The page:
In fact, that is precisely what had occurred just in front. Our drivers were keeping themselves at least 400 meters apart in order to preserve what little remained of the road and not cause a landslide. Approximately 200 meters of road had reverted to steep mountain slope just ahead. We were awe-struck that none of our vehicles had been present when the land gave way.

Now we waited. We could see large rocks coming out of the mists and rolling down back into the cloud. We wondered how far down. I had seen enough of Indian mountain roads to know that the bottom was very likely a roaring river appearing from our heights as a tiny silver thread. We got down from our vehicles and began to mill about. It was apparent that we wouldn't be going anywhere soon. Every couple of minutes another boulder would come tumbling down across the washed out section, seemingly out of nowhere, and bounce off into the abyss.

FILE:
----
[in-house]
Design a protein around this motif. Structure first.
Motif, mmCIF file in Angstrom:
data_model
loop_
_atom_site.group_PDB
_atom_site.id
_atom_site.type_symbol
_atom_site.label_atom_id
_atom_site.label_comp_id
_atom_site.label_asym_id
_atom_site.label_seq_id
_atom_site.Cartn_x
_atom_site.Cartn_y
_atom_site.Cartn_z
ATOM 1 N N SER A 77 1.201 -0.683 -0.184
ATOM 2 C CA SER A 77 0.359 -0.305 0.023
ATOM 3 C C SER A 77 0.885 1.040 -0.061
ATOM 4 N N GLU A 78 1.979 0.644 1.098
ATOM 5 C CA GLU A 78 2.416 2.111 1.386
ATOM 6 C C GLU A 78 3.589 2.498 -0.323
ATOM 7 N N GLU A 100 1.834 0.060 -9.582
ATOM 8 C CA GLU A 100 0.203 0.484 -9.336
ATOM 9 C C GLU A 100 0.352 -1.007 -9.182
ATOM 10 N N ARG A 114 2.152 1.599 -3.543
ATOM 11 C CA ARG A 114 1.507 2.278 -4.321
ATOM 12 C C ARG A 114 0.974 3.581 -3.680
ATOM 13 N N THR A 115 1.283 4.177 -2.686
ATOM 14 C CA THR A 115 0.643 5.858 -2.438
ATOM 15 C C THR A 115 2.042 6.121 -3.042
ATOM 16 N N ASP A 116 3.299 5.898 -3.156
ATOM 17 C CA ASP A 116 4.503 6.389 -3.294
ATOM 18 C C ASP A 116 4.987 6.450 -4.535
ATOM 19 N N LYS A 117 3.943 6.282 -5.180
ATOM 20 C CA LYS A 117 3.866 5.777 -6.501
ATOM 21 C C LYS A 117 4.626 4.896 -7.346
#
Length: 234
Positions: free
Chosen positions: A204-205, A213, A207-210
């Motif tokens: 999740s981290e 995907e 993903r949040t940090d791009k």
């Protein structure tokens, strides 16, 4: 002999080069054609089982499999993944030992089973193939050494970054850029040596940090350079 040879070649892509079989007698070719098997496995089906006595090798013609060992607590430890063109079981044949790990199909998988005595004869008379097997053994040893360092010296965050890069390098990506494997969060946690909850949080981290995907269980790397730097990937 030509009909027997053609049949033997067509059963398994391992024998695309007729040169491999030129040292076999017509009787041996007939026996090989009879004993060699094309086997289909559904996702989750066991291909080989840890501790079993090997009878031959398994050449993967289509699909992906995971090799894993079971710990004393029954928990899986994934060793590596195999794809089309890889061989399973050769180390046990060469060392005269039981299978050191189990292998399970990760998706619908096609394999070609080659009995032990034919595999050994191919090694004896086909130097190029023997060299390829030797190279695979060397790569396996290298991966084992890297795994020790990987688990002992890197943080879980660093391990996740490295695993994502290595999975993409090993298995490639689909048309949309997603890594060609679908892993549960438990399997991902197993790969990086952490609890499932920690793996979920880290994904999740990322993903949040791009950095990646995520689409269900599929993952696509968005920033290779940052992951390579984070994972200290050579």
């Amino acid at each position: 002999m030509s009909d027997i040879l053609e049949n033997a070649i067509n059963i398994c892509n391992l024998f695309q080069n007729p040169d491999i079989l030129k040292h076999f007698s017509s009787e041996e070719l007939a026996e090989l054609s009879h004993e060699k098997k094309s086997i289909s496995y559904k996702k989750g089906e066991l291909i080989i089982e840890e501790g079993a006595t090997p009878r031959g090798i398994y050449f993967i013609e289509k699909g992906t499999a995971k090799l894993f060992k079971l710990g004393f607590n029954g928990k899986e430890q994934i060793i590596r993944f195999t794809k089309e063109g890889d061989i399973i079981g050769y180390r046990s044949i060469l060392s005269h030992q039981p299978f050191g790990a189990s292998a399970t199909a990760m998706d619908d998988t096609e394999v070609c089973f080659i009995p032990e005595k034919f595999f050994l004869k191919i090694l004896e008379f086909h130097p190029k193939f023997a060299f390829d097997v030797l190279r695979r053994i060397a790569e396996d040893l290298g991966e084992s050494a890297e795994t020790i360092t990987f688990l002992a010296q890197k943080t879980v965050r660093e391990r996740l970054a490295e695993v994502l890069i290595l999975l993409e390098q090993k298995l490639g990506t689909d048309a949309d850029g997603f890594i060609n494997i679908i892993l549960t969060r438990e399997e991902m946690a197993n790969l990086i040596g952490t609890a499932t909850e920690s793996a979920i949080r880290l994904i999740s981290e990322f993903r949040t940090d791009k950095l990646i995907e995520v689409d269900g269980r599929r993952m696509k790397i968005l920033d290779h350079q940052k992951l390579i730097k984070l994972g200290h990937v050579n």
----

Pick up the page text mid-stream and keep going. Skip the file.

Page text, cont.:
Yet another singular occurrence in India is that no matter how remote you may be, people will promptly appear. Our train of four-wheel-drives filled with Westerners had a jaw-dropping effect on the local population. After the 10th or so vehicle passed they just stood staring, mouths agape. They had never seen anything like this and were quite curious. With their instinctive entrepreneurial nature, a tea shop appeared in short order. I have no idea where the chai and biscuits came from but there they were just where the road gave way several rovers in front. It was manna from heaven.